Tomorrow marks the beginning of the end of the stacking of the ABC Board. The term of John Gallagher QC will officially end, making him the first of the present Board to leave since the change of Federal Government. Dr Ron Brunton will leave in May. So we reach the beginning of the end of the political stack – we hope.

The present members of the Board must be feeling the chill, given Senator Conroy’s description of them variously as “pseudo academics” and members of the Howard family’s Christmas card list in his punchy and vituperative performance before Senate Estimates last Monday.

Meanwhile, Crikey hears on the grapevine that Janet Albrechtsen’s faux pas attack on Melbourne Radio announcer Jon Faine is to be raised at Board level – but we have been unable to confirm the rumour this morning.

Conroy told Senate Estimates that he hopes to have the “arm’s length” mechanism for appointing new Board members in place within four to eight weeks, and that no appointments would be made until then, meaning that the Board would “run a little light” for a while.

This means that the focus shifts for the moment on to the membership of the committee that will make recommendations on Board appointments. Conroy said that advertisements inviting applications will appear soon, but given the speed at which he intends to move there must be some idea of who the members might be already.

Crikey hears that several of the names raised in Crikey’s lists of potential Board members are also being touted as possible members of that committee. Conroy has ruled out former politicians and political staffers.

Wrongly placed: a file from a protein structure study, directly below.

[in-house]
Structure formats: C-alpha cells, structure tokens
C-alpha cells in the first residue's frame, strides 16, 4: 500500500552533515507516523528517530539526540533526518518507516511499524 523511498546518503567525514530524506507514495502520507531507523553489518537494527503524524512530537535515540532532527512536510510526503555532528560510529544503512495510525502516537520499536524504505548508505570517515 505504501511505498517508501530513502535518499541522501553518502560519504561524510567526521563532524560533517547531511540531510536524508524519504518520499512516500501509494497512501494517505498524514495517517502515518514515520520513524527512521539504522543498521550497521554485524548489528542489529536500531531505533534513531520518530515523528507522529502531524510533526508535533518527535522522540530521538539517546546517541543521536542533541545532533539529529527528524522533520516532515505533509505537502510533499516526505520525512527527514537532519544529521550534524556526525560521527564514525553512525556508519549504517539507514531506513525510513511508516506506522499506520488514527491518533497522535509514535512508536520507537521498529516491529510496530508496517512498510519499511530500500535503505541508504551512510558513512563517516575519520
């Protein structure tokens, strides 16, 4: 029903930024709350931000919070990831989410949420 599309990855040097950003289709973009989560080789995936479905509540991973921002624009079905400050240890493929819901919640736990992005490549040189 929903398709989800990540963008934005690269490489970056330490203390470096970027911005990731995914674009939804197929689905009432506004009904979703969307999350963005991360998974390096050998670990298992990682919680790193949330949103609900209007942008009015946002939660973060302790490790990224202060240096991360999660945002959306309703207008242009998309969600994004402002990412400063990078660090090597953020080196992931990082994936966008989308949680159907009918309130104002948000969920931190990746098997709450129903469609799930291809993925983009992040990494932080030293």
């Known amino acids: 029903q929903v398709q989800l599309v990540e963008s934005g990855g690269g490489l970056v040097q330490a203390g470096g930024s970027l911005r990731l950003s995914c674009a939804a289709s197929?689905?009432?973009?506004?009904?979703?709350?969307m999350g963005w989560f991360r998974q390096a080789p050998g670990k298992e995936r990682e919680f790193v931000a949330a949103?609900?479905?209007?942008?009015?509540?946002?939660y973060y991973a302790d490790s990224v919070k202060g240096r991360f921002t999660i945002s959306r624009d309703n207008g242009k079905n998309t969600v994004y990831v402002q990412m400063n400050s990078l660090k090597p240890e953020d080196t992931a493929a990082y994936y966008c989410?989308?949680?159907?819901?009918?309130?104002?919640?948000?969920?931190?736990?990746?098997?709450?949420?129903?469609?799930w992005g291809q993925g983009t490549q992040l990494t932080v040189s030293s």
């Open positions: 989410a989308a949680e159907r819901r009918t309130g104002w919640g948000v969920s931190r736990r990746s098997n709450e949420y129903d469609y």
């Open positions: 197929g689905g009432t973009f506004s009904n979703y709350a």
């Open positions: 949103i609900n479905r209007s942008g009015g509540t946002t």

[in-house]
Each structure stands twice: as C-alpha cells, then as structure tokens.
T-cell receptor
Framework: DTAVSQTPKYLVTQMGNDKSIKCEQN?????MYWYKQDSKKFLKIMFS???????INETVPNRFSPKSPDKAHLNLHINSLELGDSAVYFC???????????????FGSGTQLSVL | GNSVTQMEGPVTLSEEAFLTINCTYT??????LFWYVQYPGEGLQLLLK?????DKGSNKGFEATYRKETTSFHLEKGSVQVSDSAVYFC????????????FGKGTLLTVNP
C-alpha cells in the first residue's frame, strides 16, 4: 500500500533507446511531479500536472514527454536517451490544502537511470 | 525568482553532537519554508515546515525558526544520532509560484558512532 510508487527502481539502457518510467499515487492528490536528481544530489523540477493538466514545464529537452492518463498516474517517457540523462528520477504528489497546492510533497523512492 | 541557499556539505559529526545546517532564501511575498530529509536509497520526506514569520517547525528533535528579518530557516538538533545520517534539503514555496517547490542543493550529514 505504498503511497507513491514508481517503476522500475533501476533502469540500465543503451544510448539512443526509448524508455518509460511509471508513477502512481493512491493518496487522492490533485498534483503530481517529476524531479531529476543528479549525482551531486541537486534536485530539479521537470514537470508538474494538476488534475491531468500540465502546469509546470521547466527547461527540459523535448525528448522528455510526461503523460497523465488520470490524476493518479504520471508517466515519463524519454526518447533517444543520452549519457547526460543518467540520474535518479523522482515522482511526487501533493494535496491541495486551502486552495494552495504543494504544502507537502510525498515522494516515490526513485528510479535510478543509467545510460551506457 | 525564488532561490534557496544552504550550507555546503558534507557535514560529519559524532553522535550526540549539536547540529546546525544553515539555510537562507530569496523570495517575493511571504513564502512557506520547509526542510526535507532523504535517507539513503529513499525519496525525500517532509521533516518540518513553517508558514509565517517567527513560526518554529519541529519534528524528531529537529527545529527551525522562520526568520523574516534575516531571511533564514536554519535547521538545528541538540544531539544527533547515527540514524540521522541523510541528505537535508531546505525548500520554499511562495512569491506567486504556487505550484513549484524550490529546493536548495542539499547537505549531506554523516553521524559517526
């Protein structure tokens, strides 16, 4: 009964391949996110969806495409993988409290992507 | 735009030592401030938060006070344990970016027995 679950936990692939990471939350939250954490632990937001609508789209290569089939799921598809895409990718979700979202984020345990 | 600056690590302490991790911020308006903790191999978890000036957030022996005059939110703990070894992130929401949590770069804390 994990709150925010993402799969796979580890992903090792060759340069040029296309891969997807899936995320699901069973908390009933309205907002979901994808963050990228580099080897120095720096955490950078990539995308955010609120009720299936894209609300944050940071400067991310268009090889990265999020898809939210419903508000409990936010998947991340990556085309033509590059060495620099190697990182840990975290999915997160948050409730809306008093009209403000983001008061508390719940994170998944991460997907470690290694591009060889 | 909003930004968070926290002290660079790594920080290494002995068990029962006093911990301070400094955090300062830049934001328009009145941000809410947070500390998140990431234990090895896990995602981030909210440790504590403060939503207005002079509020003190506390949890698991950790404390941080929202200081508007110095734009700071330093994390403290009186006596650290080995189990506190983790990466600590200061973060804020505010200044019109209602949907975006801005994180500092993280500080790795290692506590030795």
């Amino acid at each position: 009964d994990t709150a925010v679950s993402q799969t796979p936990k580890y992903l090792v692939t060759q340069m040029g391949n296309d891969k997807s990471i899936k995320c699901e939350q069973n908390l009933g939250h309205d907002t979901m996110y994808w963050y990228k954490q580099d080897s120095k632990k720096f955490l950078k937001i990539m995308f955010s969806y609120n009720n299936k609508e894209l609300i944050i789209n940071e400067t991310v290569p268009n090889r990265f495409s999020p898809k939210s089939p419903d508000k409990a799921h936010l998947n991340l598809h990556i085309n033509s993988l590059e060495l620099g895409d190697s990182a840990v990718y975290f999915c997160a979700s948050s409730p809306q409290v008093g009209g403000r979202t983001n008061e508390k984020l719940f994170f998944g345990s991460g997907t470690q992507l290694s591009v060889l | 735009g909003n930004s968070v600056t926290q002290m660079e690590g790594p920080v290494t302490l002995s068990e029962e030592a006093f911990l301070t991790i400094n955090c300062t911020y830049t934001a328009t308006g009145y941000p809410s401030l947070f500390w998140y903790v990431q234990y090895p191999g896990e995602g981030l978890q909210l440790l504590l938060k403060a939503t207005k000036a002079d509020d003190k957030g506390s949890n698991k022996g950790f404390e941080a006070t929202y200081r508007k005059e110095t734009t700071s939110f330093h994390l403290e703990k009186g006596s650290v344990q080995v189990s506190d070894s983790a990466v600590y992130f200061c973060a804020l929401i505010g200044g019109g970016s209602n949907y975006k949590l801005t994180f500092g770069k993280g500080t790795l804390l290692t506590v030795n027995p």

Meanwhile the even more important question of ABC funding remains completely opaque. Unperturbed, people within the ABC are carrying on as though they expect new projects, such as the new ABC 3 children’s television channel, to be funded. Conroy will only say “wait until budget night”, when all will be revealed. Failing to increase ABC funding would be a breach of the spirit, if not the letter, of an election promise, although in Opposition, Conroy was always vague on the numbers.

Conroy confirmed to Senate Estimates what Crikey understood to be the case – that the much touted KPMG report on ABC funding, a summary of which was leaked to Crikey last year, was classified by the previous Government as a Cabinet document, and therefore is not available to the new Government.

Does it matter? Quite possibly not that much. The KPMG exercise was rushed and limited. Given the speed at which the digital world moves, it is probably already out of date. Nevertheless the Opposition would have a bit more credibility when it attacks Conroy if they would cough it up, and stop hiding their poor record on the ABC behind the curtain of the previous Cabinet.